Students were assessed in each modified course using a short pre-test and follow-up post-test. Early findings, with relatively simple, identical multiple choice questions did not yield very useful data - students scored very well on the pre-test and average scores did not change greatly. Short answer responses were frequently left blank or incompletely answered on the post-test, and students expressed frustration and apathy at being asked to take the same assessment twice. For the latter set of mini-modules, students received assessments with only a few questions in common, and more challenging questions on the post-test. In addition, some courses included essays or exam questions that touched on climate and students generally showed an ability to connect climate science content to other course themes.
Outcome 1: Faculty within and outside climate science disciplines established robust lines of communication and collaboration regarding climate change issues in the classroom.
The heart of the liberal arts tradition is that a well-educated person has a breadth of knowledge spanning many disciplines. And yet many institutions are fundamentally organized by departments where faculty can find themselves isolated from colleagues. Using our model of teaching circles, faculty pairings and mini-module testing, we established a habit of interdisciplinary cooperation. Within the climate science disciplines, faculty enjoyed sharing with each other examples of how they communicate important climate concepts. Then, working closely with faculty in other disciplines, we found -- perhaps unsurprisingly -- that the learning was a two-way enterprise. In other words, it was not just host faculty learning from the scientists; the scientists learned a lot from the other disciplines too. That led to an unanticipated phase of the project, wherein our model was "flipped" -- a science faculty served as host to a non-science faculty member. This indicates how powerful these cross-disciplinary collaborations can be in terms of improving education in multiple places. These cross-disciplinary collaborations introduced authentic diversity in ways of knowing within traditionally mono-disciplinary courses; this type of collaboration shows great promise for infusing cross-disciplinary communication in other areas of the curriculum at our institution.
Outcome 2: Some mini-modules were more successful than others.
It turns out that it can be surprisingly difficult to understand the pedagogy and learning goals of an entirely different discipline. Whereas, for example, a geologist and biologist likely have somewhat similar syllabi, classroom experiences and assessment tools, a geologist may struggle to even understand an English professor's course structure, much less the learning goals. In that example, the geologist felt unprepared for integrating her science content into the discussion-based classroom environment with no access to her usual multimedia tools. We learned that the clearer the host can be in articulating how they expect a class session to evolve, the better prepared a developer can be. The test-run turns out to be a good place to explore these pedagogic differences, and we would advocate a test run for any new interdisciplinary pairing, even if the lesson is not newly developed. Also, several developers afterward suggested that it would have been helpful for them to visit the host classroom once (or more) before even beginning development, in order to see how the host and students normally interact.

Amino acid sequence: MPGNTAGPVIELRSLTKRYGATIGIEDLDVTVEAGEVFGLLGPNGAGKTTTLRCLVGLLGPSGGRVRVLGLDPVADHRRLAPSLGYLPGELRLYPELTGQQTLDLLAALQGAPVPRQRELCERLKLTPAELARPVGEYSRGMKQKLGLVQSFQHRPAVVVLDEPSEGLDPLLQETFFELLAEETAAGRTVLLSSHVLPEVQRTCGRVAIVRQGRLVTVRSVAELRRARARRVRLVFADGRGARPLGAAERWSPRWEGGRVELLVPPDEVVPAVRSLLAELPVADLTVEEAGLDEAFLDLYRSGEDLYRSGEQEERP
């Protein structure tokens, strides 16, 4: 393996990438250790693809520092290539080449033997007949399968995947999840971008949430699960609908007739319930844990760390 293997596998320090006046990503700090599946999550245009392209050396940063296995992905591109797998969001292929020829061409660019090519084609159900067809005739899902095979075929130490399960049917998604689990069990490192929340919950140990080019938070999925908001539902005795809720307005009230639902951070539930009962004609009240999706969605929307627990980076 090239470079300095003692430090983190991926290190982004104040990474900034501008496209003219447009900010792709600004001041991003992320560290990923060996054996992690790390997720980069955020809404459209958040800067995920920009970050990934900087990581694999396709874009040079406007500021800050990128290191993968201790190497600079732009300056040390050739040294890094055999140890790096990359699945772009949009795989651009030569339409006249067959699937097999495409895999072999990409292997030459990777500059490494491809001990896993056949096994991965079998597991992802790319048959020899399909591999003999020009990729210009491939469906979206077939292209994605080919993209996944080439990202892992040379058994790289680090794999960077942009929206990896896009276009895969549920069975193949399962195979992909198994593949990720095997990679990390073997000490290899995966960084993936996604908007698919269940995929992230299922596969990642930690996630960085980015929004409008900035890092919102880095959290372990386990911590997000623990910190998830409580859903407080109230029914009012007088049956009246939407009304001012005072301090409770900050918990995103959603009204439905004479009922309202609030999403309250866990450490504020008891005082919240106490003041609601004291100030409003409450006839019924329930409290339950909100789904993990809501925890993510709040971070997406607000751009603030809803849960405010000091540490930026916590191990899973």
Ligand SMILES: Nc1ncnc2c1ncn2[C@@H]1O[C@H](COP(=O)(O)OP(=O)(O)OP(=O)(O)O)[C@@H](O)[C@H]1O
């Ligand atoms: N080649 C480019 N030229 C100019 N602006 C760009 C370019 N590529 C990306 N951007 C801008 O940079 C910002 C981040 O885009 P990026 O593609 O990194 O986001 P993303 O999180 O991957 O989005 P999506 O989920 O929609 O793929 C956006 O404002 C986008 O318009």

When that breakthrough happens, though, and the developer understands how a colleague in another discipline is thinking, it can be a powerful learning experience for the science instructor. In the example above, the geologist reported gaining a new appreciation for how writing can be deconstructed to teach students about an author's voice and sense of place (the latter of which can be tightly linked to the climate of that place). In another case, the developer reported learning from the host about a conceptual model to describe 'types of knowledge,' which clarified for the developer her role as a scientist and helped her better articulate to her own science students why science and religion need not be incompatible.
Outcome 3: It may be difficult to 'un-hook' a climate science mini-module from the developer and make it self-sustaining in the host course.
We had intended that host faculty members would be able to inherit and carry on these modules without ongoing support from developers. However, two of the hosts reported that even after the module development and delivery, they did not feel confident enough in their own climate literacy to be able to deliver the module alone in future course offerings. And that is understandable, because we did not provide climate science teaching or tutorials to the host faculty. It may advisable to give the hosts a climate science primer, or targeted resource materials if they are self-motivated, so that they can improve their own climate literacy.
Also, two hosts reported that they specifically wanted the developer in the classroom because of his/her personal experience or ability to demonstrate a different way of thinking. In other words, the developer faculty member was him/herself valuable as an interdisciplinary voice and model of a way of knowing, separate from the value of the mini-module itself. In those cases, the continued success of the mini-modules requires ongoing participation, and is something to consider when designing interdisciplinary content.
Long-term Impact and Next Steps
The process created by this project provides a path by which additional mini-modules can be developed when other faculty members become interested or arrive on campus. Next steps are to:
- Work with our institution to encourage and support this module development in future years
- Refine existing modules and help them evolve through time
- Survey exiting graduates to determine the magnitude of climate literacy improvement in the student population as a whole
- Work with our institution to expand this mode of cross-disciplinary teaching, perhaps offering it as a module to developing cross-disciplinary general education courses.